The design of transcription-factor binding sites is affected by combinatorial regulation

Department of Molecular Genetics, Weizmann Institute of Science, 76100 Rehovot, Israel.
Genome biology (Impact Factor: 10.81). 02/2005; 6(12):R103. DOI: 10.1186/gb-2005-6-12-r103
Source: PubMed


Transcription factors regulate gene expression by binding to specific cis-regulatory elements in gene promoters. Although DNA sequences that serve as transcription-factor binding sites have been characterized and associated with the regulation of numerous genes, the principles that govern the design and evolution of such sites are poorly understood.
Using the comprehensive mapping of binding-site locations available in Saccharomyces cerevisiae, we examined possible factors that may have an impact on binding-site design. We found that binding sites tend to be shorter and fuzzier when they appear in promoter regions that bind multiple transcription factors. We further found that essential genes bind relatively fewer transcription factors, as do divergent promoters. We provide evidence that novel binding sites tend to appear in specific promoters that are already associated with multiple sites.
Two principal models may account for the observed correlations. First, it may be that the interaction between multiple factors compensates for the decreased specificity of each specific binding sequence. In such a scenario, binding-site fuzziness is a consequence of the presence of multiple binding sites. Second, binding sites may tend to appear in promoter regions that are subject to low selective pressure, which also allows for fuzzier motifs. The latter possibility may account for the relatively low number of binding sites found in promoters of essential genes and in divergent promoters.

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    • "Our genome holds the genetic code that potentiates its interaction with DNA binding proteins, including transcription factors such as the estrogen receptor alpha (ESR1) (Kumar et al., 1987; Kumar and Chambon, 1988; ENCODE Project Consortium et al., 2012; Wang et al., 2012). The vast majority of DNA motifs recognized by transcription factors are short sequences (ranging in size between 5 and 19 nucleotides long) that are commonly found across the genome (Wingender, 1988; Sandelin et al., 2004; Bilu and Barkai, 2005; Neph et al., 2012). However, the DNA in eukaryotic cells is progressively folded into a higher complexity structure called chromatin, where nucleosomes form the basic unit. "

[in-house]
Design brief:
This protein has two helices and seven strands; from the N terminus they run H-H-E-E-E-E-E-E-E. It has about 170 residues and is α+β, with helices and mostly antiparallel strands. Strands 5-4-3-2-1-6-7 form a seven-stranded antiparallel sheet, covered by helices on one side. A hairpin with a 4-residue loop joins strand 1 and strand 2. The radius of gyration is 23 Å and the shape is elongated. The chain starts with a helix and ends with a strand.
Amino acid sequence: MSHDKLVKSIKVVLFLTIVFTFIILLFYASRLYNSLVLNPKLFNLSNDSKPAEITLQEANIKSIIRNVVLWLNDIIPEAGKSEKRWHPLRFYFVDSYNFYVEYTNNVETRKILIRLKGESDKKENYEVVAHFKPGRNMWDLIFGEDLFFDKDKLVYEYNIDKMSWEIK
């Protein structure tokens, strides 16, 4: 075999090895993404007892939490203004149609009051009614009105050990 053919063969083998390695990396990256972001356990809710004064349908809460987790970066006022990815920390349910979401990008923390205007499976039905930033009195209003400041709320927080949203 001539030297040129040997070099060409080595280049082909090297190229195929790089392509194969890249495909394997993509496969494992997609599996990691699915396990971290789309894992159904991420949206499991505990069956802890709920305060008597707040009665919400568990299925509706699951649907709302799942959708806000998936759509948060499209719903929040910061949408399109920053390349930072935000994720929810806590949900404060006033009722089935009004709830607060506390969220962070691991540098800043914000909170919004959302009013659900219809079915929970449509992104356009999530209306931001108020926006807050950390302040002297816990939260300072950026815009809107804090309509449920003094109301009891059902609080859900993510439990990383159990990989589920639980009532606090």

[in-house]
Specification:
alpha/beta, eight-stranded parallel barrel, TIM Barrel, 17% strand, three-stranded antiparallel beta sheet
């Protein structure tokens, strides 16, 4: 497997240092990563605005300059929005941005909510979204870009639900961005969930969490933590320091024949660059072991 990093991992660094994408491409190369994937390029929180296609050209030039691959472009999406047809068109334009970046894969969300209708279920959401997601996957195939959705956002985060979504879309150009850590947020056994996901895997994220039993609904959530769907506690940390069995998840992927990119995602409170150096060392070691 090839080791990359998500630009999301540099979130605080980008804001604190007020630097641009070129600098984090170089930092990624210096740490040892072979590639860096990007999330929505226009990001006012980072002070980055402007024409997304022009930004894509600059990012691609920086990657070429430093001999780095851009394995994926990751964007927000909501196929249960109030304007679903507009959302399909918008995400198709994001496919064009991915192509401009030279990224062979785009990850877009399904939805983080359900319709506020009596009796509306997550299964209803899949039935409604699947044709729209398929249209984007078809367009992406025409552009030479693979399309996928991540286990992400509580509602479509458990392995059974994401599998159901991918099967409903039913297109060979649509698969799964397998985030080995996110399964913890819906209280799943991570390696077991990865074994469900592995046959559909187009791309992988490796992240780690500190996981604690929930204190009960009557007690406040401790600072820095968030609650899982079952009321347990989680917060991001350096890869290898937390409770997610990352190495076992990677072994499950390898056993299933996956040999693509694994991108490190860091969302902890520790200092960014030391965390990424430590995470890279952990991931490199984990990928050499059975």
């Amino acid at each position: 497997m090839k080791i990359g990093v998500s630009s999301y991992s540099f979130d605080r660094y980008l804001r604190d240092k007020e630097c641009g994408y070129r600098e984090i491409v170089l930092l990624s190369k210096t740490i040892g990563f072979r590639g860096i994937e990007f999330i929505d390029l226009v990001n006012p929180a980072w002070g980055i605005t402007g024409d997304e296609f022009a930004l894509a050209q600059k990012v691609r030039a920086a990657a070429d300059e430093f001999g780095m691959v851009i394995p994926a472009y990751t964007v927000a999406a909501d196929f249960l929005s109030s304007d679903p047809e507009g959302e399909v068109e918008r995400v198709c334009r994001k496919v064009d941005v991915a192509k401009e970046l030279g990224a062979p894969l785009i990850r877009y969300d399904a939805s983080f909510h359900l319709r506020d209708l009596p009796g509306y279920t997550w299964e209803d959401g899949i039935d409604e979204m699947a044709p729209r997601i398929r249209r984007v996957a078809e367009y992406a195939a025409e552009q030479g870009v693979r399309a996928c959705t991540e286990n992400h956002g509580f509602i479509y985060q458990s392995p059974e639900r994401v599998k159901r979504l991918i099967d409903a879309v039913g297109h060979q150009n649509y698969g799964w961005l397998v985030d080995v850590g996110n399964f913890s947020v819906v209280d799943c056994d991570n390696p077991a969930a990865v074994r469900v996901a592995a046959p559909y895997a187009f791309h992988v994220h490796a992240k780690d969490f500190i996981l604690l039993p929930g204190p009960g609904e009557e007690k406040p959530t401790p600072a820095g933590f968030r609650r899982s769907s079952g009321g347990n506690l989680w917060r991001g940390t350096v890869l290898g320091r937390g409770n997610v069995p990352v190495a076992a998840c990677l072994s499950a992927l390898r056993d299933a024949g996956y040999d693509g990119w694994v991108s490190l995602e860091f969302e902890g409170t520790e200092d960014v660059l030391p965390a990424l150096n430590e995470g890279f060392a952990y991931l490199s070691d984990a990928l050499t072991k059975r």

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    • "Some TFs cooperatively bind to several binding sites within proximity. This can result in increased TF-DNA binding affinity and specificity (Bilu and Barkai, 2005; Hochschild and Ptashne, 1986), minimized nonfunctional binding (Wunderlich and Mirny, 2009), and decreased nucleosome occupancy (Miller and Widom, 2003; Wasson and Hartemink, 2009) and may fine-tune the expression level of target genes (Lam et al., 2008). It remains to be seen how different classes of TFBSs are organized in the context of binding sequence preference. "
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    • "We satisfied this constraint by compensating changes in ω via the target site binding energy, which is " programmable " through the binding site sequence [10]. Such a compensation has been observed in an analysis of combinatorial promoters, i.e. binding sites tend to deviate from the consensus motif when multiple TFs bind next to each other in the cis-regulatory region [35]. It is also biologically plausible as it does not interfere with the regulation of genes that are only regulated by one of the TFs or combinatorially with other TFs. "
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